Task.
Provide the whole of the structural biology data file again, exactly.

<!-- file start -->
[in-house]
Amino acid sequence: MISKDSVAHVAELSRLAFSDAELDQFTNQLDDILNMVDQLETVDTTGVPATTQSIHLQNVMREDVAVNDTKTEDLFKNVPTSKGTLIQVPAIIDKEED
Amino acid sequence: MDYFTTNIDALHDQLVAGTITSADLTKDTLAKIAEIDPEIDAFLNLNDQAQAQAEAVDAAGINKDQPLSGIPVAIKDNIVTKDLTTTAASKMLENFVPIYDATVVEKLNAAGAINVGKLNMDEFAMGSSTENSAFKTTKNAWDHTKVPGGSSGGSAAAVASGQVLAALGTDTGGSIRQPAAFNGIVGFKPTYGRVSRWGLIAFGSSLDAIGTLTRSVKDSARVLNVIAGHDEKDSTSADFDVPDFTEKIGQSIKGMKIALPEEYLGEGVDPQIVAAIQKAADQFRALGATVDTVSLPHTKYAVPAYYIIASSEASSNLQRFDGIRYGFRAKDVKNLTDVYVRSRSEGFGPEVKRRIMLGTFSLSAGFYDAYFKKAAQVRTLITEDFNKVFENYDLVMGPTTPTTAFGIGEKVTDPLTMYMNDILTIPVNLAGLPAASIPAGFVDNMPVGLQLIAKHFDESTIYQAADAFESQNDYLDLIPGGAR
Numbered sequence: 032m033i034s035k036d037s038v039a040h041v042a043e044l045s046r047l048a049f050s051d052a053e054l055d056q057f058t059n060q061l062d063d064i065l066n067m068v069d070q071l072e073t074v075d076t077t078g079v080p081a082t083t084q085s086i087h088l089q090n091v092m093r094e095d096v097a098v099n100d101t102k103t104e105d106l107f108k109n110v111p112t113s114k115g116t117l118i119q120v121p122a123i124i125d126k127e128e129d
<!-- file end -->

[in-house]
Amino acid sequence: MISKDSVAHVAELSRLAFSDAELDQFTNQLDDILNMVDQLETVDTTGVPATTQSIHLQNVMREDVAVNDTKTEDLFKNVPTSKGTLIQVPAIIDKEED
Amino acid sequence: MDYFTTNIDALHDQLVAGTITSADLTKDTLAKIAEIDPEIDAFLNLNDQAQAQAEAVDAAGINKDQPLSGIPVAIKDNIVTKDLTTTAASKMLENFVPIYDATVVEKLNAAGAINVGKLNMDEFAMGSSTENSAFKTTKNAWDHTKVPGGSSGGSAAAVASGQVLAALGTDTGGSIRQPAAFNGIVGFKPTYGRVSRWGLIAFGSSLDAIGTLTRSVKDSARVLNVIAGHDEKDSTSADFDVPDFTEKIGQSIKGMKIALPEEYLGEGVDPQIVAAIQKAADQFRALGATVDTVSLPHTKYAVPAYYIIASSEASSNLQRFDGIRYGFRAKDVKNLTDVYVRSRSEGFGPEVKRRIMLGTFSLSAGFYDAYFKKAAQVRTLITEDFNKVFENYDLVMGPTTPTTAFGIGEKVTDPLTMYMNDILTIPVNLAGLPAASIPAGFVDNMPVGLQLIAKHFDESTIYQAADAFESQNDYLDLIPGGAR
Numbered sequence: 032m033i034s035k036d037s038v039a040h041v042a043e044l045s046r047l048a049f050s051d052a053e054l055d056q057f058t059n060q061l062d063d064i065l066n067m068v069d070q071l072e073t074v075d076t077t078g079v080p081a082t083t084q085s086i087h088l089q090n091v092m093r094e095d096v097a098v099n100d101t102k103t104e105d106l107f108k109n110v111p112t113s114k115g116t117l118i119q120v121p122a123i124i125d126k127e128e129d